With Coronavirus restrictions about to ease, many of us are excited about getting back to some kind of normality and having the freedom to mix and socialise again. For those of us who suffer with social anxiety, however, that fact can produce a heightened state of panic.
Which social situation do you relate to?
We can all relate to social anxiety in some way. For example maybe you’ve felt nervous about meeting someone new or felt a bit uncomfortable when walking into a room full of strangers. Perhaps you are currently worried about how you look after months of over-eating. Maybe you wonder whether you’ve accomplished enough during lockdown. Perhaps you wonder whether your friends will want to meet up again. All of these musings can lead to negative thinking patterns which, in turn, can lead to more anxiety.
Stuck in your comfort zone?
If you suffer social anxiety you may have found being in lockdown has meant you can stay in your comfort zone and avoid facing up to your anxiety. It may have been a kind of relief. Now that restrictions will soon be lifted, you will have to leave that comfort zone again. As a result, you may be experiencing an increase in anxiety or you may even be experiencing anxiety for the first time. Perhaps your confidence has taken a knock in lockdown?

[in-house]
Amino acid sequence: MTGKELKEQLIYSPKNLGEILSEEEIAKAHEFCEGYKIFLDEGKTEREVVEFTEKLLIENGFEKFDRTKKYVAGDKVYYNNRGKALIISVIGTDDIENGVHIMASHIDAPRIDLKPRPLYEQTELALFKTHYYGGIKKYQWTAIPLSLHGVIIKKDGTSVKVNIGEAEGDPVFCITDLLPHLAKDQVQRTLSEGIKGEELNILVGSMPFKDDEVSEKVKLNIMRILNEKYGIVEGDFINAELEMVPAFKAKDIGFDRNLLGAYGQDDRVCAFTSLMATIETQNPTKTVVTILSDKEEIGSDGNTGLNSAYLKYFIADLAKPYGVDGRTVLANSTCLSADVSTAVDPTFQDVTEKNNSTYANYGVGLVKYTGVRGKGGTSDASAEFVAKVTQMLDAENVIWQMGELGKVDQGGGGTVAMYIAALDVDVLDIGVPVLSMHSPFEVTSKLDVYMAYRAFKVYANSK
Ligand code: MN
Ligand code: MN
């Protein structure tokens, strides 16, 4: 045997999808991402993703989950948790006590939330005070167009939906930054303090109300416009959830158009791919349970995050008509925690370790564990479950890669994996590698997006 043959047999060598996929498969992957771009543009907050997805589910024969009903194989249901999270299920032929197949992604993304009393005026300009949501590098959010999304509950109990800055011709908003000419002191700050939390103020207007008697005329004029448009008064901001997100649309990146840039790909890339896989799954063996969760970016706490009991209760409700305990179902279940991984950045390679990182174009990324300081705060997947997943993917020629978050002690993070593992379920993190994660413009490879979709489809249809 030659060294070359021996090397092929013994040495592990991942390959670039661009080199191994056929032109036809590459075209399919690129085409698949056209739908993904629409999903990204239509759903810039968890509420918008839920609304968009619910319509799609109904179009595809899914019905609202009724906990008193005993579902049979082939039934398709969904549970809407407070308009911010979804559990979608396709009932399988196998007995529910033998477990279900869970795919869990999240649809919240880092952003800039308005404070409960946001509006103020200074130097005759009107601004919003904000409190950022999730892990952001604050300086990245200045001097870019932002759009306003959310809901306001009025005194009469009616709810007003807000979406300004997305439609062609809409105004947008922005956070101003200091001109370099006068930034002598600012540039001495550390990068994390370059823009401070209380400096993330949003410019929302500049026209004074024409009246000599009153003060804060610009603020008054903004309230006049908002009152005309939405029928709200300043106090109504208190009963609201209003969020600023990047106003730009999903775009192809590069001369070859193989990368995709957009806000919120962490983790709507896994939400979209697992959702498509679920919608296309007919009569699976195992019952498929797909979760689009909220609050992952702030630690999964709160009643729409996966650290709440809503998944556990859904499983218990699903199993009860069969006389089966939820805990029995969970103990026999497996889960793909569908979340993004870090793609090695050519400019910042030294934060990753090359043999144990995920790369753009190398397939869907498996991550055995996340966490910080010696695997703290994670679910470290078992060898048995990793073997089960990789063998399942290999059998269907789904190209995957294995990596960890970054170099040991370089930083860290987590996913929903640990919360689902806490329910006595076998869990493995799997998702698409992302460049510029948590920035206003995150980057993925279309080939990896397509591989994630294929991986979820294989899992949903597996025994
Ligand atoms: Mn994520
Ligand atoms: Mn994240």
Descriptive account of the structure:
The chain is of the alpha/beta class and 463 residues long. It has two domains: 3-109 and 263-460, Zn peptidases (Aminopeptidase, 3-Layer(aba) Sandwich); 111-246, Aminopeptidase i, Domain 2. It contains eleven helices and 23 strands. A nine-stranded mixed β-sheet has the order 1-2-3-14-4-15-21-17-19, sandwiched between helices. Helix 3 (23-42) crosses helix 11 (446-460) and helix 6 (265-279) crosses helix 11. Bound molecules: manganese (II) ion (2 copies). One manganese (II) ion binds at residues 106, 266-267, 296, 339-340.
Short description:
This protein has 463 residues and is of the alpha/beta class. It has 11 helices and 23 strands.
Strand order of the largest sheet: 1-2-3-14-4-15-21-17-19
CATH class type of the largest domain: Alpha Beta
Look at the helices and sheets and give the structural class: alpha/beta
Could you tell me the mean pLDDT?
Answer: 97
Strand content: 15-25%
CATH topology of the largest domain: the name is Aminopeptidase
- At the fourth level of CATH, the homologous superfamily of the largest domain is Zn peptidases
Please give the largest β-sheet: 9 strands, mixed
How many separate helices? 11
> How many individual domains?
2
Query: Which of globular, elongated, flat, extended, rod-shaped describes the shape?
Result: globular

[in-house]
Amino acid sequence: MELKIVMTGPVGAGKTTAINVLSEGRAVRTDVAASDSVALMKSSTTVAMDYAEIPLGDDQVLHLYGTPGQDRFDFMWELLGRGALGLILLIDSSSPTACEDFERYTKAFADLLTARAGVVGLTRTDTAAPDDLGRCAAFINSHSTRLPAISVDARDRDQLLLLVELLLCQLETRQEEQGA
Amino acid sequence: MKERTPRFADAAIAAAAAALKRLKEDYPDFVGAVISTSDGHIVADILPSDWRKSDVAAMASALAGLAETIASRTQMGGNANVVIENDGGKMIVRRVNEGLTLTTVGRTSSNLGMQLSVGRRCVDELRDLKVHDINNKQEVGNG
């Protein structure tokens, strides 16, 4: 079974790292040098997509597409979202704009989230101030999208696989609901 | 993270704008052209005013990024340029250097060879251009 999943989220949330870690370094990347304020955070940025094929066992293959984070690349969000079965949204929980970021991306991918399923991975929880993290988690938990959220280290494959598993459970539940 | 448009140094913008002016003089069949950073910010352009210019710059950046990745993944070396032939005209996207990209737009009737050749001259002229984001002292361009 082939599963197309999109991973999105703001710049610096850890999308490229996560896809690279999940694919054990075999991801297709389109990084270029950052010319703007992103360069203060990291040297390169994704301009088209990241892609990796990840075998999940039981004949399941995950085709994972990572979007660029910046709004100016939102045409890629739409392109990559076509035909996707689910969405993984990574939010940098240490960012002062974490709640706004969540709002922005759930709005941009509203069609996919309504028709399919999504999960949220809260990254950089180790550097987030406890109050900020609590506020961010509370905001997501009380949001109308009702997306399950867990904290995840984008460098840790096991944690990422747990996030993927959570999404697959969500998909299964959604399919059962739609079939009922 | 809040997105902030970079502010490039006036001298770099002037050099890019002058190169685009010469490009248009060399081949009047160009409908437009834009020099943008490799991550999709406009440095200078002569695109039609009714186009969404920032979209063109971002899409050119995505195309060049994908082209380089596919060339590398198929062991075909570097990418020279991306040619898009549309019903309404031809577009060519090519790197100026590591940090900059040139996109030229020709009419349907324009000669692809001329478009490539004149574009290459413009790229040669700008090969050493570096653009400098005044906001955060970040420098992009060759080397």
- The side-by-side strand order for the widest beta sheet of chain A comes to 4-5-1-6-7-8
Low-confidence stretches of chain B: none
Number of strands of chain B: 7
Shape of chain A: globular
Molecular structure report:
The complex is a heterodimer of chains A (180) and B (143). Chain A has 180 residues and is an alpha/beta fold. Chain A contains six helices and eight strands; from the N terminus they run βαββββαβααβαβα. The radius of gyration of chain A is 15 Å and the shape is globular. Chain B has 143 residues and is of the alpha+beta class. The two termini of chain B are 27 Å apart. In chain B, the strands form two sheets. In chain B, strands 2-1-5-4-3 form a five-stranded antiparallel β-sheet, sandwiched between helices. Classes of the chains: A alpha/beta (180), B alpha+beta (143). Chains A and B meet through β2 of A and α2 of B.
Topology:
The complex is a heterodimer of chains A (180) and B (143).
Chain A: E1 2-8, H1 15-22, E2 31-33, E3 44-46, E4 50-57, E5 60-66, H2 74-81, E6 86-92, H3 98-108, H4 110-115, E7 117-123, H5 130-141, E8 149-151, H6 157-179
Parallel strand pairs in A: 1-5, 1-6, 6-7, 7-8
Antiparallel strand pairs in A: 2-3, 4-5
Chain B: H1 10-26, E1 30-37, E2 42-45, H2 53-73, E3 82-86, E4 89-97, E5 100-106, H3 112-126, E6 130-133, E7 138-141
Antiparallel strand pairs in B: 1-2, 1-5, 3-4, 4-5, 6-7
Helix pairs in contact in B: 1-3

Do you find that when faced with a social situation you get worried immediately before the event? Perhaps you spend weeks worrying about it or maybe you spend time endlessly analysing how you acted when there?
Access the free audio recording :
Hints and tips
Here are some ways to lessen feelings of social anxiety:
- Be aware of the ‘worry story’ you are telling yourself and try to distance yourself from it.
- Acknowledge and then dump negative thoughts and replace them with positive ones. Thoughts are just thoughts … you can choose whether to pay attention to them or move on to other more positive thoughts.
- Write down the good things, things that you are grateful for and things you are looking forward to. Writing it down allows you to focus better on the more positive ideas.
- Do something that makes you feel good for at least an hour every day.
- Plan a daily scheduled ‘worry window’ – a regular time slot that you can set aside to manage any negative thoughts and feelings and if you find yourself thinking negative thoughts at other times tell yourself you’ll deal with them during your worry window.
- Start out small, having more small talk with people you come across as lockdown eases.
- Remember that not everyone is judging you – people are usually too busy thinking about themselves! Focus instead on making the people around you feel comfortable.
- Listen to the free audio recording. Just having 15 minutes or so out of your day to focus on yourself, instead of listening to news updates, can help you regain a sense of balance and calm. It can also help start to break any habits you may have formed during lockdown.